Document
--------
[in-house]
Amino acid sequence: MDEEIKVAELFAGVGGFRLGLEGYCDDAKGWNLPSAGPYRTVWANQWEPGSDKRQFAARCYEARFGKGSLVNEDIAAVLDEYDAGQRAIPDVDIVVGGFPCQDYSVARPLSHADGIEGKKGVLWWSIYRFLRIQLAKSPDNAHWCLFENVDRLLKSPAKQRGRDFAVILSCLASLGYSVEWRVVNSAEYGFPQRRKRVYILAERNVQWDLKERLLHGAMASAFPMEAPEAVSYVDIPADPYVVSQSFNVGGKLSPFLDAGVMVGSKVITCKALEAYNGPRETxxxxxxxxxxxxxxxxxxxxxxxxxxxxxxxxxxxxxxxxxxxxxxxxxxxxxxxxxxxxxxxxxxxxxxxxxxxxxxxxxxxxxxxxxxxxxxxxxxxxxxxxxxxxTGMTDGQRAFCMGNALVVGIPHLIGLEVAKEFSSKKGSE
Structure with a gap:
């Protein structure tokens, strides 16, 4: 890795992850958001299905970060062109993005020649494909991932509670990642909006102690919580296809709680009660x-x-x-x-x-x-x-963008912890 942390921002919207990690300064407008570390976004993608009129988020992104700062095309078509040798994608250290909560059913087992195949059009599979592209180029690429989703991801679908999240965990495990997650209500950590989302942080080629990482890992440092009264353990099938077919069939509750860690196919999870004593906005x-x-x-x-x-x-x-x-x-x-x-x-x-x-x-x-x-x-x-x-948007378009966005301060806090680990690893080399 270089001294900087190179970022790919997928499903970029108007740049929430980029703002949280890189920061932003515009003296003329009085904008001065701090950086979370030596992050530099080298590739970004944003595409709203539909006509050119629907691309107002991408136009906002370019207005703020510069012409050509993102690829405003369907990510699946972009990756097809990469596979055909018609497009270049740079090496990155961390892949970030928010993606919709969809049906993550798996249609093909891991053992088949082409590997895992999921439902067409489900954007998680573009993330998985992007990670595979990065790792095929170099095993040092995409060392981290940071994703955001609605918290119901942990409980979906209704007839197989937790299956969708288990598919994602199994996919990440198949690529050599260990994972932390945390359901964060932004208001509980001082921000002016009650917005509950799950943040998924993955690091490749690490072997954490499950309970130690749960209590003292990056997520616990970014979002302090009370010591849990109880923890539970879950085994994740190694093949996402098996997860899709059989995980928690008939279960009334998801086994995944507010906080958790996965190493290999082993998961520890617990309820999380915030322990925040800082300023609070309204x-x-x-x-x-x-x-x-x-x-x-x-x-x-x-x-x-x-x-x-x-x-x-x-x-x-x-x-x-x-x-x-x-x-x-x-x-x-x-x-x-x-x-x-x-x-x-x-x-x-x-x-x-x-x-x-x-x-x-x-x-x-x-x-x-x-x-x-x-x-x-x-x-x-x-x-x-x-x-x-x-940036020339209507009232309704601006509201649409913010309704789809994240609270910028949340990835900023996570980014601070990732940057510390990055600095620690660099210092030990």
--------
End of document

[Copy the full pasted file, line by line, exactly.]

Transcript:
[in-house]
Amino acid sequence: MDEEIKVAELFAGVGGFRLGLEGYCDDAKGWNLPSAGPYRTVWANQWEPGSDKRQFAARCYEARFGKGSLVNEDIAAVLDEYDAGQRAIPDVDIVVGGFPCQDYSVARPLSHADGIEGKKGVLWWSIYRFLRIQLAKSPDNAHWCLFENVDRLLKSPAKQRGRDFAVILSCLASLGYSVEWRVVNSAEYGFPQRRKRVYILAERNVQWDLKERLLHGAMASAFPMEAPEAVSYVDIPADPYVVSQSFNVGGKLSPFLDAGVMVGSKVITCKALEAYNGPRETxxxxxxxxxxxxxxxxxxxxxxxxxxxxxxxxxxxxxxxxxxxxxxxxxxxxxxxxxxxxxxxxxxxxxxxxxxxxxxxxxxxxxxxxxxxxxxxxxxxxxxxxxxxxTGMTDGQRAFCMGNALVVGIPHLIGLEVAKEFSSKKGSE
Structure with a gap:
């Protein structure tokens, strides 16, 4: 890795992850958001299905970060062109993005020649494909991932509670990642909006102690919580296809709680009660x-x-x-x-x-x-x-963008912890 942390921002919207990690300064407008570390976004993608009129988020992104700062095309078509040798994608250290909560059913087992195949059009599979592209180029690429989703991801679908999240965990495990997650209500950590989302942080080629990482890992440092009264353990099938077919069939509750860690196919999870004593906005x-x-x-x-x-x-x-x-x-x-x-x-x-x-x-x-x-x-x-x-948007378009966005301060806090680990690893080399 270089001294900087190179970022790919997928499903970029108007740049929430980029703002949280890189920061932003515009003296003329009085904008001065701090950086979370030596992050530099080298590739970004944003595409709203539909006509050119629907691309107002991408136009906002370019207005703020510069012409050509993102690829405003369907990510699946972009990756097809990469596979055909018609497009270049740079090496990155961390892949970030928010993606919709969809049906993550798996249609093909891991053992088949082409590997895992999921439902067409489900954007998680573009993330998985992007990670595979990065790792095929170099095993040092995409060392981290940071994703955001609605918290119901942990409980979906209704007839197989937790299956969708288990598919994602199994996919990440198949690529050599260990994972932390945390359901964060932004208001509980001082921000002016009650917005509950799950943040998924993955690091490749690490072997954490499950309970130690749960209590003292990056997520616990970014979002302090009370010591849990109880923890539970879950085994994740190694093949996402098996997860899709059989995980928690008939279960009334998801086994995944507010906080958790996965190493290999082993998961520890617990309820999380915030322990925040800082300023609070309204x-x-x-x-x-x-x-x-x-x-x-x-x-x-x-x-x-x-x-x-x-x-x-x-x-x-x-x-x-x-x-x-x-x-x-x-x-x-x-x-x-x-x-x-x-x-x-x-x-x-x-x-x-x-x-x-x-x-x-x-x-x-x-x-x-x-x-x-x-x-x-x-x-x-x-x-x-x-x-x-x-940036020339209507009232309704601006509201649409913010309704789809994240609270910028949340990835900023996570980014601070990732940057510390990055600095620690660099210092030990």